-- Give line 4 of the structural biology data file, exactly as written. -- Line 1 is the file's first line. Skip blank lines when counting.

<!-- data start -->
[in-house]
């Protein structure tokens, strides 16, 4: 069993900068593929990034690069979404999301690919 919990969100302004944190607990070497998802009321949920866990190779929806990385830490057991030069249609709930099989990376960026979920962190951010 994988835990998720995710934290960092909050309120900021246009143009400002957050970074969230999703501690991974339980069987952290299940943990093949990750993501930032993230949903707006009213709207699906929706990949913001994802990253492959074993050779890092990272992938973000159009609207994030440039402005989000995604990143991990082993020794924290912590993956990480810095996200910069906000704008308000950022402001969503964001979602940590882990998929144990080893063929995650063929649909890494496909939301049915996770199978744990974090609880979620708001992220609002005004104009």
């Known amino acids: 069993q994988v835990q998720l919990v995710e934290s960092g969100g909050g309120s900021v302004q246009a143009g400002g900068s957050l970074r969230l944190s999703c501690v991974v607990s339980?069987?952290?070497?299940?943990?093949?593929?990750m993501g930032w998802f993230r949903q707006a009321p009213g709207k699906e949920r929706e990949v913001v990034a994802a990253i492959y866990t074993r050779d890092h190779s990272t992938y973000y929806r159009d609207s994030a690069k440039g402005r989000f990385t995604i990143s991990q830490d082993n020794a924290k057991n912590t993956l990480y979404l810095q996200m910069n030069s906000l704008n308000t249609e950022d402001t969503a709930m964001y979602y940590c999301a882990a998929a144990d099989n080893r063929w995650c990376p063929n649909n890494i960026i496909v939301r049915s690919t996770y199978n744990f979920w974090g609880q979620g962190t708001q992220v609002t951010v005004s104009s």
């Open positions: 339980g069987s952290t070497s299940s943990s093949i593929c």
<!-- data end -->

């Open positions: 339980g069987s952290t070497s299940s943990s093949i593929c």